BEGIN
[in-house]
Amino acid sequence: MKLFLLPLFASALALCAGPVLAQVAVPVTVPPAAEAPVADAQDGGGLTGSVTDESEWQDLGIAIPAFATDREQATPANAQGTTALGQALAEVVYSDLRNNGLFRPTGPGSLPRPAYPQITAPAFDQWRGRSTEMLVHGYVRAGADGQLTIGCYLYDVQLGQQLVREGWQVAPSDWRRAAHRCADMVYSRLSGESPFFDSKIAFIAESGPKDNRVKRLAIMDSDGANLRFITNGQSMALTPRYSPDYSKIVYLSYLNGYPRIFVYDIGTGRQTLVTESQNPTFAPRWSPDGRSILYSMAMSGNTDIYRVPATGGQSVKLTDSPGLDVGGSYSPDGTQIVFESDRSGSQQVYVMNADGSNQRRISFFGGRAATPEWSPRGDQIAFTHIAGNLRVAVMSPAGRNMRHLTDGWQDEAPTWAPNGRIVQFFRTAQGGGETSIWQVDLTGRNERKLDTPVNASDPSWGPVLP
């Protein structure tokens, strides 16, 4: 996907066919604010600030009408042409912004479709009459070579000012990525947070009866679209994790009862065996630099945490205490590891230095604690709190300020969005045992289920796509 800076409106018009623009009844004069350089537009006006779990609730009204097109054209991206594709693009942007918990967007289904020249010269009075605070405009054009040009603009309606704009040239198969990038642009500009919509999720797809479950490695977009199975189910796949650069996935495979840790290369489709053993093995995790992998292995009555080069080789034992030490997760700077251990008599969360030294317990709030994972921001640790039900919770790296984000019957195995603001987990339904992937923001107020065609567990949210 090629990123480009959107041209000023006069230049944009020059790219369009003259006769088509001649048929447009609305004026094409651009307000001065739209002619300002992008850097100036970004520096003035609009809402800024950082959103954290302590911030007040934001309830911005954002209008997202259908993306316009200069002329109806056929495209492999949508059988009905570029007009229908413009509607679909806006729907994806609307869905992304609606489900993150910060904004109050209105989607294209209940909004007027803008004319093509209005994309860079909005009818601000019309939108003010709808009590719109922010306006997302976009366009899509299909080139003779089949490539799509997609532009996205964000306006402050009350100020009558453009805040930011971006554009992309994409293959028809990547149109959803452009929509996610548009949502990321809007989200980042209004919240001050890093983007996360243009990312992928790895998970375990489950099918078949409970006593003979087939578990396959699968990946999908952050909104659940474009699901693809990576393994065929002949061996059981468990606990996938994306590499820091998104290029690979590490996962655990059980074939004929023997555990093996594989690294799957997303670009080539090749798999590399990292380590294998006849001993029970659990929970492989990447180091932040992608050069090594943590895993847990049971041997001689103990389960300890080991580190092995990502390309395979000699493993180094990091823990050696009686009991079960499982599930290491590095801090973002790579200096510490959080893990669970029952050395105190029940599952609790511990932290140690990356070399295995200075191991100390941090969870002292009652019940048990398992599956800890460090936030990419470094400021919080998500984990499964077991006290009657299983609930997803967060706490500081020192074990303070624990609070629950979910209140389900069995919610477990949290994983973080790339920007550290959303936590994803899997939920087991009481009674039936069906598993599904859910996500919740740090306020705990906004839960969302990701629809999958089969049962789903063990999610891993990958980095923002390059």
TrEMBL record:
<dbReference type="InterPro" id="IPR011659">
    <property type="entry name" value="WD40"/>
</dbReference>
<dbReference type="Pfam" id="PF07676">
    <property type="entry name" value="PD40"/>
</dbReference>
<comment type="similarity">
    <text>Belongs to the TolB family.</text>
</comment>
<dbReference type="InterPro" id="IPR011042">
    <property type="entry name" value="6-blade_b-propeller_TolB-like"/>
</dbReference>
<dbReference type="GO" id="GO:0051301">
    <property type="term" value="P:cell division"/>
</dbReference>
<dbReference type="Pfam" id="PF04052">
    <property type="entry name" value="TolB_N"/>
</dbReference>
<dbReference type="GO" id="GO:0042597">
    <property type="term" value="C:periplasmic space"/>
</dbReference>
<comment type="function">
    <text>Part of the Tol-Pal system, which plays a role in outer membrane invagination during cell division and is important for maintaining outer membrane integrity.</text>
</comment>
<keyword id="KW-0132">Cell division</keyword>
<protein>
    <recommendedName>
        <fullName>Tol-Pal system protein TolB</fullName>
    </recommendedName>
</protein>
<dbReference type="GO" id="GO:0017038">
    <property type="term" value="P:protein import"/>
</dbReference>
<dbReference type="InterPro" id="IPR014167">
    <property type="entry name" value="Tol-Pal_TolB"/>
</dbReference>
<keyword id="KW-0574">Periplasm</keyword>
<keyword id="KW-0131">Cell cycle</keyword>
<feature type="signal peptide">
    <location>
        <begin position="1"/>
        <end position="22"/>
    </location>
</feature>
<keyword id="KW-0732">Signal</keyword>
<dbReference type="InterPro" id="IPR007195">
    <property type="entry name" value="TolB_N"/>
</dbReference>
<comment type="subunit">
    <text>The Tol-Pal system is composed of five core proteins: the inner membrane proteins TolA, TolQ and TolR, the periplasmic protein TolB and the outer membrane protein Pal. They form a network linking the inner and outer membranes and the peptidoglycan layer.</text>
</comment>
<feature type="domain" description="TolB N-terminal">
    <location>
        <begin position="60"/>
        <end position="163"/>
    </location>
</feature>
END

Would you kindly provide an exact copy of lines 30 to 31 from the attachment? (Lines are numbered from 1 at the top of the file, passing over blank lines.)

<protein>
    <recommendedName>